An epidemic of burnout
The numbing repetition, the box-ticking and the endless searching on pulldown menus are all part of what Ratwani called the “cognitive burden” that’s wearing out today’s physicians and driving increasing numbers into early retirement.
In recent years, “physician burnout” has skyrocketed to the top of the agenda in medicine. A 2018 Merritt Hawkins survey found a staggering 78 percent of doctors suffered symptoms of burnout, and in January the Harvard School of Public Health and other institutions deemed it a “public health crisis.”
One of the co-authors of the Harvard study, Ashish Jha, pinned much of the blame on “the growth in poorly designed digital health records ... that [have] required that physicians spend more and more time on tasks that don’t directly benefit patients.”
Few would deny that the swift digitization of America’s medical system has been transformative. With EHRs now nearly universal, the face and feel of medicine has changed. The doctor is now typing away, making more eye contact with the computer screen, perhaps, than with the patient. Patients don’t like that dynamic; for doctors, whose days increasingly begin and end with such fleeting encounters, the effect can be downright deadening.
“You’re sitting in front of a patient, and there are so many things you have to do, and you only have so much time to do it in – seven to 11 minutes, probably – so when do you really listen?” asked John-Henry Pfifferling, a medical anthropologist who counsels physicians suffering from burnout. “If you go into medicine because you care about interacting, and then you’re just a tool, it’s dehumanizing,” said Pfifferling, who has seen many physicians leave medicine over the shift to electronic records. “It’s a disaster,” he said.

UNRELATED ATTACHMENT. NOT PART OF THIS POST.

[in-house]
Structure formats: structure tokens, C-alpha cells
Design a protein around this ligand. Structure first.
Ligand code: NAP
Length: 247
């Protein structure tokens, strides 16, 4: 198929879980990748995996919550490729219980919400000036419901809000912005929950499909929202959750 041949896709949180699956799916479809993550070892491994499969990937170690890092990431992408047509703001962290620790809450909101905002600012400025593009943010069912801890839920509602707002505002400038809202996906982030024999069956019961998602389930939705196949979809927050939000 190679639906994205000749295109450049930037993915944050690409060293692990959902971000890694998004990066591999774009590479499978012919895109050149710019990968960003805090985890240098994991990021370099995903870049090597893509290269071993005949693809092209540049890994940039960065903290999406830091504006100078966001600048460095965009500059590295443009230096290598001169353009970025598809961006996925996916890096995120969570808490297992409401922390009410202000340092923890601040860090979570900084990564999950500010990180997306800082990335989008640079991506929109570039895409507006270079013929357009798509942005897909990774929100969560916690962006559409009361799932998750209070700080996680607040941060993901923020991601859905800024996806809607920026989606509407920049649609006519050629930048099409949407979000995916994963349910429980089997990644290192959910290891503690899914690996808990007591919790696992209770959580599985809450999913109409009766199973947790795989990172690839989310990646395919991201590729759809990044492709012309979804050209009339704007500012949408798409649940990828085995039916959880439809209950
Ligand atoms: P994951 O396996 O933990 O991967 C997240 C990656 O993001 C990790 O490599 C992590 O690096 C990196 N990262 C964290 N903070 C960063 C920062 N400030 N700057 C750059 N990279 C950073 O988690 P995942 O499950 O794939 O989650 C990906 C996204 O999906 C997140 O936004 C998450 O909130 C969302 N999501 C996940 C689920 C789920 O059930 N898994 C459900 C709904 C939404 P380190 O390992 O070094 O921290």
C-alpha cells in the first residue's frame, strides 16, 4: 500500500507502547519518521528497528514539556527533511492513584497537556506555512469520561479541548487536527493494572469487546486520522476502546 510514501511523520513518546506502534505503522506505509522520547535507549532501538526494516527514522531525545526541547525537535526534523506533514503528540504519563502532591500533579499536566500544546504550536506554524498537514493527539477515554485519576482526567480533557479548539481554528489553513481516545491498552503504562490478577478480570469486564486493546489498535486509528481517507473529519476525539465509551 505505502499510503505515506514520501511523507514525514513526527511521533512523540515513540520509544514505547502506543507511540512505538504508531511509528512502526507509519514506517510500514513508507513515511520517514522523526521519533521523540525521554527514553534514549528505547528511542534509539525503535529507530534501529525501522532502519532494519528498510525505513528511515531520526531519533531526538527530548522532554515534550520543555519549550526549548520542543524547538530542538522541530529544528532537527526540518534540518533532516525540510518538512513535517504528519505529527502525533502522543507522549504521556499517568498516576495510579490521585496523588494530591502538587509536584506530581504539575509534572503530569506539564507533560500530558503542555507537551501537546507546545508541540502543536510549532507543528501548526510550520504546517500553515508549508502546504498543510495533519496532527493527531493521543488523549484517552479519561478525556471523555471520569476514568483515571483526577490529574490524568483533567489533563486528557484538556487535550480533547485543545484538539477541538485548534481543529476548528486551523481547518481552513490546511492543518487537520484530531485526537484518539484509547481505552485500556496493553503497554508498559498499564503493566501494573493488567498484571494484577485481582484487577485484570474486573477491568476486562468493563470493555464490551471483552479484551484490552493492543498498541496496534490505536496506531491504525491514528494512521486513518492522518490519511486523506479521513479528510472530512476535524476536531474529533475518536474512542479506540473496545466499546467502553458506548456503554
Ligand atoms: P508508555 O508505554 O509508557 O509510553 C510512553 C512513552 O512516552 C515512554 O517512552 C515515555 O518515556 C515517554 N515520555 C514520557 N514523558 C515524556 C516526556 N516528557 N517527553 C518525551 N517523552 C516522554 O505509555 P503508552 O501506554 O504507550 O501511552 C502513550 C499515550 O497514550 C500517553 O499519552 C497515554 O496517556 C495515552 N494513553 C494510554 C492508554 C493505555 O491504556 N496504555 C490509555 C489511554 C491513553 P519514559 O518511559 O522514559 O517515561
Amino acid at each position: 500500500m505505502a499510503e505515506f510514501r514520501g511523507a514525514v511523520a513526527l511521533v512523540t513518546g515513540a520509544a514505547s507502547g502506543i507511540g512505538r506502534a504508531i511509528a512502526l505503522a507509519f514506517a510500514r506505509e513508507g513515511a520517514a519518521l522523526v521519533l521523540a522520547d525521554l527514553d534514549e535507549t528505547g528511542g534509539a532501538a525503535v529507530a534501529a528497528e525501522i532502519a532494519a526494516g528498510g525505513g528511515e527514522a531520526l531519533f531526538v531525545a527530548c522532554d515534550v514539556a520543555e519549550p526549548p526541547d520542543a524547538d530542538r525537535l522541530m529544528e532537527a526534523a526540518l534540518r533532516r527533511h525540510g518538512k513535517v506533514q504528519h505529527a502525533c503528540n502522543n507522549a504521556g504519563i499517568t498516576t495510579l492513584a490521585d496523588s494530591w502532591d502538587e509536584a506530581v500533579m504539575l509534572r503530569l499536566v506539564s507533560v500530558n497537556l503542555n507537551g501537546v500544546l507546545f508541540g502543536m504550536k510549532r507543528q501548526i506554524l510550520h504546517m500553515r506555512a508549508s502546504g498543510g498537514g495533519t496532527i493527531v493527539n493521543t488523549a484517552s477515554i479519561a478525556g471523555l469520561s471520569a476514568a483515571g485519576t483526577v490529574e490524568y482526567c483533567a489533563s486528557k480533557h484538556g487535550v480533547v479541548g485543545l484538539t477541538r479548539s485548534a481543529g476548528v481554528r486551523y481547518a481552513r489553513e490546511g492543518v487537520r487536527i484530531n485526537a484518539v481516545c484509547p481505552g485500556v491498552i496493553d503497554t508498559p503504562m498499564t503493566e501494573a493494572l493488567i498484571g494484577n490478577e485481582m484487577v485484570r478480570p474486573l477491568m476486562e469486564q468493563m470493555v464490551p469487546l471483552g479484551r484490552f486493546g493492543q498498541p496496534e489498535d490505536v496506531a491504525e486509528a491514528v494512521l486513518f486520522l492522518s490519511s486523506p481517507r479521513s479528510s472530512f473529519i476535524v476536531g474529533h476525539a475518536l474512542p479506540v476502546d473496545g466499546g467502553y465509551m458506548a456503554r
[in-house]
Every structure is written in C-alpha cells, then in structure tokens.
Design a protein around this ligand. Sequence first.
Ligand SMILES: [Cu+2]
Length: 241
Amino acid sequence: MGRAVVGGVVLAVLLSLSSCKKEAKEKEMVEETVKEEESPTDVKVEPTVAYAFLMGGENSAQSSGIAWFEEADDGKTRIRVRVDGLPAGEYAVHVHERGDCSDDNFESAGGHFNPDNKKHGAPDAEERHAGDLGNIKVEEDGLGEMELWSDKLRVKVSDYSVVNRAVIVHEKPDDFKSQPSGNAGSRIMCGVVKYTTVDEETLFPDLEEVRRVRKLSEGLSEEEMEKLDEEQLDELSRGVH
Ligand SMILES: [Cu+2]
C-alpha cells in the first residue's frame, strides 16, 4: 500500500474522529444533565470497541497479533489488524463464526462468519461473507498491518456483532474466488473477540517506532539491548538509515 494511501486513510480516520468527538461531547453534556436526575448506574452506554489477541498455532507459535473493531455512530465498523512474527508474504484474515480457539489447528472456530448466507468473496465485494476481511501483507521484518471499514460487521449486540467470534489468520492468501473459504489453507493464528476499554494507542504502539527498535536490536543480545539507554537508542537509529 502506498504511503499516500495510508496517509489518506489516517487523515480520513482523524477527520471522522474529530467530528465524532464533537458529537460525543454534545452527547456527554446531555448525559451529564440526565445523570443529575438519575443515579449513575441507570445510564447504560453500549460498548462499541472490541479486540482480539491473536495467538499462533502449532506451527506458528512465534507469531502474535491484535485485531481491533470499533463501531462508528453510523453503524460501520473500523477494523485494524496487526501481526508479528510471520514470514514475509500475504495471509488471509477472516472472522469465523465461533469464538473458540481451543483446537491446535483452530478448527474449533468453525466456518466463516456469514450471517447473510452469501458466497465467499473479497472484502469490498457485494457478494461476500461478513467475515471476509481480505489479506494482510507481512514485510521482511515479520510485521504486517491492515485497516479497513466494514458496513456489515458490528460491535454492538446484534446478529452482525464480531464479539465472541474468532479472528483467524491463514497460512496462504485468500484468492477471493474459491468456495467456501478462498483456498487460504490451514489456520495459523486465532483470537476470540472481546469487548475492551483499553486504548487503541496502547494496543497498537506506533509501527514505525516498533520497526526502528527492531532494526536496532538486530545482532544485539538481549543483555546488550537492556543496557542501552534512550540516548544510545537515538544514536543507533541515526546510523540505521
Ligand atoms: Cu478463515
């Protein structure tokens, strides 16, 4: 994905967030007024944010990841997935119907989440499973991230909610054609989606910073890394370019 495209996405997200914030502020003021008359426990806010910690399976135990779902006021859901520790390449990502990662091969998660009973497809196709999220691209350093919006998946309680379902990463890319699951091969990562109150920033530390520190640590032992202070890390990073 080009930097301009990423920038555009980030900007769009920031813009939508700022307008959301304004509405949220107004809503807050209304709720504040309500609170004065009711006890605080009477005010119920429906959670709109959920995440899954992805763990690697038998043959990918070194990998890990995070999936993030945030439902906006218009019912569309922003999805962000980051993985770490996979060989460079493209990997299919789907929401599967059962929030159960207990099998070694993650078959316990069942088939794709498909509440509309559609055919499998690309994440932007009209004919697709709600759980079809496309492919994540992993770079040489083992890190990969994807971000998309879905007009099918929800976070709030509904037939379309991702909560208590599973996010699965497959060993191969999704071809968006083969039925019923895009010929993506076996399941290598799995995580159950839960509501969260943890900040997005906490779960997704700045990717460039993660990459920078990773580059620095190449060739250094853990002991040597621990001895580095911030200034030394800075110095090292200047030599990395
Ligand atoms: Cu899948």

Beyond complicating the physician-patient relationship, EHRs have in some ways made practicing medicine harder, said Dr. Hal Baker, a physician and the chief information officer at WellSpan, a Pennsylvania hospital system. “Physicians have to cognitively switch between focusing on the record and focusing on the patient,” he said. He points out how unusual – and potentially dangerous – this is: “Texting while you’re driving is not a good idea. And I have yet to see the CEO who, while running a board meeting, takes minutes, and certainly I’ve never heard of a judge who, during the trial, would also be the court stenographer. But in medicine ... we’ve asked the physician to move from writing in pen to [entering a computer] record, and it’s a pretty complicated interface.”
Even if docs may be at the keyboard during visits, they report having to spend hours more outside that time – at lunch, late at night – in order to finish notes and keep up with electronic paperwork (sending referrals, corresponding with patients, resolving coding issues). That’s right. EHRs didn’t take away paperwork; the systems just moved it online. And there’s a lot of it: 44 percent of the roughly six hours a physician spends on the EHR each day is focused on clerical and administrative tasks, like billing and coding, according to a 2017 Annals of Family Medicine study.
For all that so-called pajama time – the average physician logs 1.4 hours per day on the EHR after work – they don’t get a cent.
Many doctors do recognize the value in the technology: 60 percent of participants in Stanford Medicine’s 2018 National Physician Poll said EHRs had led to improved patient care. At the same time, about as many (59 percent) said EHRs needed a “complete overhaul” and that the systems had detracted from their professional satisfaction (54 percent) as well as from their clinical effectiveness (49 percent).